Re-Post

This afternoon, my phone made the familiar ping telling me that somewhere among the various networks out there, someone was mentioning me.  To my surprise, Kevin Jarrett had unearthed something I had written back in 2008 after attending his session (which he co-presented with Sylvia Martinez).

I’ll be the first to admit how easy it is to get lost in the minutiae of the work we do, to lose sight of the overall reason we are here and the bigger goals we have for the students and staff we work with.  Thank you, Kevin, for reminding that I do have these thoughts, I do have these goals, and that we can work to make learning, and the schools that go with it, an unbelievable experience.  Reposted, in its entirety:

Change is a loaded word. It strikes fear into the hearts of even the most secure of professionals. In looking at the idea of change, I see it as coming from one of two directions: either top-down, where those in charge of your program, your superintendent, building administrator, or your supervisor bring it about, or bottom-up, also termed “organic, or “grass-roots,” where change comes from the classrooms and spreads throughout a school building or district based on the practices of teachers and the work of students.

What I am seeing
When I started the process if looking at pedagogy rather than looking at tools as ways to help engage students, the world of technology became small. Granted, I really began this process in earnest about 5 months ago, so the sample size here is small, but nonetheless, what I see is what Chris Lehmann so aptly termed in his session at EduCon: “It’s not the product, it’s the process.” Learning experience matters infinitely more than the result. Focusing on that process rather than the final paper or diorama or wiki is a difficult thing to do when the tools that take us there are so unbelievably slick.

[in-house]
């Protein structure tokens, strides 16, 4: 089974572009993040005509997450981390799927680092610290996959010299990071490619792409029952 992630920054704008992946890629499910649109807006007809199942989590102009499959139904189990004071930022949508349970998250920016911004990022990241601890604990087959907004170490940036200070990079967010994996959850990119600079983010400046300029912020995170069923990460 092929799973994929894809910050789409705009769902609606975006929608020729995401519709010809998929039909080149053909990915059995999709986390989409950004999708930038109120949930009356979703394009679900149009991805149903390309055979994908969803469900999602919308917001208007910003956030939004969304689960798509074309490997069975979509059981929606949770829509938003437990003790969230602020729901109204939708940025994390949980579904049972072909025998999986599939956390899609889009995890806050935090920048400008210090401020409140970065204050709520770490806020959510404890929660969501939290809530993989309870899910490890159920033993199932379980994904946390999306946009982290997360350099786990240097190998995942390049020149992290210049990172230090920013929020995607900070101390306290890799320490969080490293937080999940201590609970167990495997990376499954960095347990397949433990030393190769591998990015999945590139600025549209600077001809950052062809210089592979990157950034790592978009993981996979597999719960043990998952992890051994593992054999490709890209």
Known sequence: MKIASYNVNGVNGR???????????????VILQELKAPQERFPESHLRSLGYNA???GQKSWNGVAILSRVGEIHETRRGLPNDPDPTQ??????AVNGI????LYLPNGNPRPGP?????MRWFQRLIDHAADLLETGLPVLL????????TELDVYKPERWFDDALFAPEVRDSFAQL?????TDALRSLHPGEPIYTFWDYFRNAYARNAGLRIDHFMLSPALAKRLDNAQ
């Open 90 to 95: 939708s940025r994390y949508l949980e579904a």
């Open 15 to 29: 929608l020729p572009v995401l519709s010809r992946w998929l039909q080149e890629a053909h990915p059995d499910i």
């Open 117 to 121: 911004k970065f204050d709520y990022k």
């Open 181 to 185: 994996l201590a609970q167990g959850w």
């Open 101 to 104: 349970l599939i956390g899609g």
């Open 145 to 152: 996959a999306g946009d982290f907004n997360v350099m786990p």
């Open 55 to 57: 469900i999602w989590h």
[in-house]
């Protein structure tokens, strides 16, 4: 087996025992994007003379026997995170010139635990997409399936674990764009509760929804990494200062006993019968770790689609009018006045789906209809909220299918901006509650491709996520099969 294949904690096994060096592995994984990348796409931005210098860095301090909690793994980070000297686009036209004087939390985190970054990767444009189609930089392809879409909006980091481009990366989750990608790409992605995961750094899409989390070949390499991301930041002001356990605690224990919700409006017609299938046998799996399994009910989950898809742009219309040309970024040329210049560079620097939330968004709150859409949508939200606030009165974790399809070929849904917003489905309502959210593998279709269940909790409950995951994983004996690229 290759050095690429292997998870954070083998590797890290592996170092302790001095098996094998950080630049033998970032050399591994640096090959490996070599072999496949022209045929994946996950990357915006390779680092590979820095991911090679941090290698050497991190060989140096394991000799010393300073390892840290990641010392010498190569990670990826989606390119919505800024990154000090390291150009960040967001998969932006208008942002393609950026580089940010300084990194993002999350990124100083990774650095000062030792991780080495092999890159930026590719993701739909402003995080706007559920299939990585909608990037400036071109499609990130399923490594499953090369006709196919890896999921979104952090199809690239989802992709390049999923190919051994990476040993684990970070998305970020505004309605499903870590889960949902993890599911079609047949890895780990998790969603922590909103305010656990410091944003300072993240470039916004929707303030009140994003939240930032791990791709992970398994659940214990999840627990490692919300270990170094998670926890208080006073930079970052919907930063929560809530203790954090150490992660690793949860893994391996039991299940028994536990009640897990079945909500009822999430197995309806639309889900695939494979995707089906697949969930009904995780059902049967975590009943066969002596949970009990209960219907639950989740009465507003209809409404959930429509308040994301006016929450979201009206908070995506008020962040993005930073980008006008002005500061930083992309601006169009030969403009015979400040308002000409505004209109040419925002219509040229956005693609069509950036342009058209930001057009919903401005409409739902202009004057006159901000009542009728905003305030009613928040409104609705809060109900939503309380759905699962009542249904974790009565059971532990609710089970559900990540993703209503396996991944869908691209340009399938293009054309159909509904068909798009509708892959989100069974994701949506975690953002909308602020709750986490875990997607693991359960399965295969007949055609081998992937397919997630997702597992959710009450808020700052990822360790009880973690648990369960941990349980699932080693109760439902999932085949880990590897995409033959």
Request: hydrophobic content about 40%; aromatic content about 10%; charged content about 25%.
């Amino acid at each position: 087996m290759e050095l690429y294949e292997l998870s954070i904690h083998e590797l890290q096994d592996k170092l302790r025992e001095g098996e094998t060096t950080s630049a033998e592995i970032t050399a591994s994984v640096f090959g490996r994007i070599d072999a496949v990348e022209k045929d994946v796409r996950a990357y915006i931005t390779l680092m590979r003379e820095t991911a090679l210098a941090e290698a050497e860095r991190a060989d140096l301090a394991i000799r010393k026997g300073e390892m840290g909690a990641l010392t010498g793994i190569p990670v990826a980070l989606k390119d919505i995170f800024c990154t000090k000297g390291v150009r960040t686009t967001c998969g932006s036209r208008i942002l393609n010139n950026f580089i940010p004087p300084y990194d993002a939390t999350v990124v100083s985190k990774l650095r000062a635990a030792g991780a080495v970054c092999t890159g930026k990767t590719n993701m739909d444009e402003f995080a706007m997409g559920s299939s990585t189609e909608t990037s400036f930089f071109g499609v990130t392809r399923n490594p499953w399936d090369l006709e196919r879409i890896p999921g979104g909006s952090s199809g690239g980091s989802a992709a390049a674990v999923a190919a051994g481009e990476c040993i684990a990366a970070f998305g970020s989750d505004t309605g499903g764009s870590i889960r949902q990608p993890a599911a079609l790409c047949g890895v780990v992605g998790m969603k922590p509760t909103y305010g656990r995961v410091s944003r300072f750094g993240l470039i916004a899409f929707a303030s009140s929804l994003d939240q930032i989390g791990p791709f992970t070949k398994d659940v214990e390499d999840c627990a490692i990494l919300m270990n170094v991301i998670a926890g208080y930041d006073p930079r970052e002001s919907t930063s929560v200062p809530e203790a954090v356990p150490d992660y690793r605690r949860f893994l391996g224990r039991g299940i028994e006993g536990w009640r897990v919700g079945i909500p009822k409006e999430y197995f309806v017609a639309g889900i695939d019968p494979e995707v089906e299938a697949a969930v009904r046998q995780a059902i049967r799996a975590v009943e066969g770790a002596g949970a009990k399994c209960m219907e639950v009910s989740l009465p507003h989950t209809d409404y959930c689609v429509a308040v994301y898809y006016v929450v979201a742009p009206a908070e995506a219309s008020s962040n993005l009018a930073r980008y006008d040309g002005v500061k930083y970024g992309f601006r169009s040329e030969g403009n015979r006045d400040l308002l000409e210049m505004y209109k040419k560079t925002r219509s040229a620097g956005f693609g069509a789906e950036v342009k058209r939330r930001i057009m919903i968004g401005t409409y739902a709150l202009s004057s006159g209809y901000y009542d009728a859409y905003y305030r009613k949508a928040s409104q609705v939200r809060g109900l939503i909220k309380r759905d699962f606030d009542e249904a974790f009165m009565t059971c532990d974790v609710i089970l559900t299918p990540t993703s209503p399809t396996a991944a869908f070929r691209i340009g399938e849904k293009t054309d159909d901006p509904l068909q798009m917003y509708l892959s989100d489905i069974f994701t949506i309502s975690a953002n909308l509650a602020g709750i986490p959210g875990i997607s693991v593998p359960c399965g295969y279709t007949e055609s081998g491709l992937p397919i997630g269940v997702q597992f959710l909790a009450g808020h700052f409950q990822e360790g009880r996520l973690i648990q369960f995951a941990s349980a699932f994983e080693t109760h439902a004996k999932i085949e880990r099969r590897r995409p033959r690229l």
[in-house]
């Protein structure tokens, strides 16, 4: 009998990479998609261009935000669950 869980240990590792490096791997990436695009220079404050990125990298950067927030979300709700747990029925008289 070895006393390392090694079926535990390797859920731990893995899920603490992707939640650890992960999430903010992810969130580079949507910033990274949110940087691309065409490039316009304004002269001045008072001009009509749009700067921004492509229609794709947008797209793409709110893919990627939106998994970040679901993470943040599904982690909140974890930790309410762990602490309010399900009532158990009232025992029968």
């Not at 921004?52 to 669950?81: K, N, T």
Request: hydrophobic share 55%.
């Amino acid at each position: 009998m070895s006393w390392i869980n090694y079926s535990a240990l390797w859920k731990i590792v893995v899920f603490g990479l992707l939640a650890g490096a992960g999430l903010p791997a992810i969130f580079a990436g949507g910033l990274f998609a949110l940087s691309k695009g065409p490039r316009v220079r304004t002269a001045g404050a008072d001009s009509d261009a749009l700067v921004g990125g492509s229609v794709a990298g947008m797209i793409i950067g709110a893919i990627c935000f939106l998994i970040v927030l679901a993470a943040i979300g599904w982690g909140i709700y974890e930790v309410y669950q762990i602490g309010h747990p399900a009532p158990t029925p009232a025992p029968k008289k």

Our situation in regards to change
Our process of change that is occurring has been and continues to be top-down, where we as administrators and tech coordinators are introducing teachers to tools and pedagogies that are transformative and engaging, but we are relying on their trust and their willingness to open themselves to developing expertise. How well will this continue to work? It remains to be seen whether it is a model for systemic change with our staff. We are working within 5 buildings, each with varying levels of both adoption and readiness. When that is the case, your strategy involves as much trust-building as it does introduction to new ideas. We have worked hard on that, but there are elements that are lacking in our design:

  • overarching curricular goals written directly into our curriculum plans at the start. Technology and the pedagogy to use it transformatively is often left out of that process.
  • teacher’s as vocal advocates for change a building-level plan for helping teachers teach with these adapted methodologies (notice I said adapted methodologies because we are not re-inventing the wheel here; the methods we advocate are still the same we have touted for years: differentiating, cooperative learning, co-teaching, questioning skills, etc. Only now we are truly elevating their effectiveness through the use of social, collaborative and expressive technologies.)
  • An environment that allows teachers to be free from the fear of failure and it’s supposed administrative repercussions. If we expect our students to learn, unlearn, and re-learn, then we must give our teachers the freedom to create, experiment and play with content and its delivery to students.

I sat in Kevin Jarrett and Sylvia Martinez’s session about creating lasting change within a school district using the Future Search Process, and I remember thinking about all the ideas that were flying about the room in terms of gathering the necessary parties needed for creating change. The one that keeps sticking with me is the reference they made to something called “The Burning Platform,” whereby an individual is placed in a situation (a burning oil platform) where they must choose either certain death (staying on the platform) or the likelihood of death (jumping into the water). The analogy to education is that there is a situation whereby the outcome of staying still is obvious: student apathy and loss of engagement, but the outcome of changing and moving is less obvious but possibly a salvation.

I am looking at a situation where I don’t know if teachers understand that the platform is burning. They don’t know whether to jump, stay still, or get marshmallows. I want to create a community that is not afraid of change, that feels like they have a stake in the change process, and is willing to help create that change even if makes their role in the classroom change to one that is better capable of creating methods to solve rather than providing answers.

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